The cookbook includes recipes for Francis’ favorite dishes, such as empanadas; roast sirloin, known as “colita de cuadril”; and “dulce de leche,” a milk-based Argentinian dessert that began appearing on Vatican dining tables when the archbishop of Buenos Aires was elected pope last year.

But it also features one of St.  John Paul II’s favorite dishes, Polish pierogi, or stuffed dumplings, and Bavarian delicacies favored by Pope Emeritus Benedict XVI.

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Evangelicals Boost Clinics to Help Immigrants Navigate Legal Headaches

An alliance of evangelical organizations has pledged to dramatically increase the number of church-based legal clinics across the country to assist immigrants with the complicated processes of seeking green cards, visas and family unification.

The Immigration Alliance, a network of 15 evangelical denominations and ministries, on Oct. 21 launched a plan to reduce the gap between the 22 million immigrant noncitizens and the 12,000 private immigration lawyers in the country.

“Churches are a trusted presence in immigrant communities that can — and should — help address this critical shortage of legal services,” said Noel Castellanos, the alliance’s board chair and the CEO of the Christian Community Development Association, in announcing the new venture.

The alliance, which was formed in 2013, estimates that there also are 2,800 nonprofit attorneys and accredited staff in the country. The umbrella network includes the National Association of Evangelicals, the Assemblies of God, the Church of the Nazarene and the National Latino Evangelical Coalition, among others.

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Letters to the Climate Generation: Walking with Family

Editor's Note: Global warming means rising sea levels, worsening extreme weather events, and a threat to God’s creation and people. The world has not experienced normal global temperatures since 1985. So while some might call them millennials, anyone under the age of 30 is part of the “Climate Generation.” If you’re under 30, congrats! You’ve inherited a big problem. Dorothy Boorse is a science professor, a Christian, and a parent, and she has some words for the Climate Generation.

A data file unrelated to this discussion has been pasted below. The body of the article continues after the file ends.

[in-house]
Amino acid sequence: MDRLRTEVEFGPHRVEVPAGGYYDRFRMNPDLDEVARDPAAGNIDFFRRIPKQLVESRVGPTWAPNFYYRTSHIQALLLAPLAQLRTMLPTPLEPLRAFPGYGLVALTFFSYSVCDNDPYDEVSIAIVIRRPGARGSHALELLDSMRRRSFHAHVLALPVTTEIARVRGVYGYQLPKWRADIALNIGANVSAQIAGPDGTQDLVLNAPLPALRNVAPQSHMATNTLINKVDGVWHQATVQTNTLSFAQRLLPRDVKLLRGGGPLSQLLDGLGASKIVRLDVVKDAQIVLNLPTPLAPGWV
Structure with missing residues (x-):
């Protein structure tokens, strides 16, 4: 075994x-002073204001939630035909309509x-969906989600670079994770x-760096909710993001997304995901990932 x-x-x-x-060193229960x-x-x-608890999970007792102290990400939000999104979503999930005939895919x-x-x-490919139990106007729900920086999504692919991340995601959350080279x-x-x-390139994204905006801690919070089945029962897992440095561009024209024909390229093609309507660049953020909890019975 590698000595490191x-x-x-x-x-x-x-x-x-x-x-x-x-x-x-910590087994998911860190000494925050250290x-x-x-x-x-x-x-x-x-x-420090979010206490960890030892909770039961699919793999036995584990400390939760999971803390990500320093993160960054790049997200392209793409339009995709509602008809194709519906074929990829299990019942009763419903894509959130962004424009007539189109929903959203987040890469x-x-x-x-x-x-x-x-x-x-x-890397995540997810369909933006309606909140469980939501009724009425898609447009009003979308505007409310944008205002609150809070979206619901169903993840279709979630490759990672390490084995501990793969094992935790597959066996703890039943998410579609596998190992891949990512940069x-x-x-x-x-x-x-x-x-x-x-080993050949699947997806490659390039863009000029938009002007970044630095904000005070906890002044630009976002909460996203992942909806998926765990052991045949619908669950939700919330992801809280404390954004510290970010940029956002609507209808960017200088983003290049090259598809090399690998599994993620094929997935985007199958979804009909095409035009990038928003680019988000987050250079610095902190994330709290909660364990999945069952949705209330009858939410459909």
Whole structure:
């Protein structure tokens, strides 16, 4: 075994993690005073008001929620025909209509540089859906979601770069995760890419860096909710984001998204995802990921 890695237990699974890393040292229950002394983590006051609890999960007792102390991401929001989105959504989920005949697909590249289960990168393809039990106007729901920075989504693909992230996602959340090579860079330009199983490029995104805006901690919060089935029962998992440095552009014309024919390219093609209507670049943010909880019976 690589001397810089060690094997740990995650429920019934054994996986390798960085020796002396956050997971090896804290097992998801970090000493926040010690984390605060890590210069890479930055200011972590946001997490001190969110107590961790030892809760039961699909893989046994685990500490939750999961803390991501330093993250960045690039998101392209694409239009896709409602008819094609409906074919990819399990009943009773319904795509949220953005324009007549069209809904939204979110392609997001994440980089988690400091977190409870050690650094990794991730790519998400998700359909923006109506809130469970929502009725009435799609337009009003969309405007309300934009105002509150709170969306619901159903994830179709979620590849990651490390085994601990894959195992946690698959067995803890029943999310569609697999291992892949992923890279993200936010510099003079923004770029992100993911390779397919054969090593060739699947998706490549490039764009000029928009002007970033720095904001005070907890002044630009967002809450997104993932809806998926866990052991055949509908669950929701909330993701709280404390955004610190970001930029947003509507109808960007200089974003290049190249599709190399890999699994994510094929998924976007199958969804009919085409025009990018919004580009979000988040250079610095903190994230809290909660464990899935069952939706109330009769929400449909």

Dear younger ones. You idealistic, smart, and entrepreneurial folks, take courage! I am speaking from an earlier generation, but one with you, caring for each other and our lovely world. I have two sons: one home-grown in the more common way, and one gained through a long process I often call “my paperwork labor.” For one of them, I ate for two, then sweated and yelled in an epic battle to get him out into the world. For the other, I had certificates of health and finances and assessments printed, travelled abroad, and got my husband to write an autobiography. Both were arduous journeys, and both of my sons are loved more than I can describe.

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WATCH: The Gun Conversation We Need to Have

Yesterday a gunman opened fire in Ottawa and killed a soldier at a war memorial. It is a stark reminder of the kind of world we live in every time a life is taken through violence. My prayers are with the victim and his family and for the authorities leading the investigation in trying to understand the shooter’s motives.

Like Ebola and ISIS, the shooting is spreading fear around the world. It is not unnatural to experience fear as a reaction to danger. However, reacting out of fear instead of wisdom is the mistake we must stop making.

What happened in Ottawa is also a reminder for me that while we can’t remove all violence, we can take steps as a country to reduce it. In 2011, the last year complete numbers are available, 32,163 died in America due to gun related deaths. In Canada that same year the number was 781. While gun violence can happen anywhere, as Ottawa shows, it happens much more in the United States than any other developed country.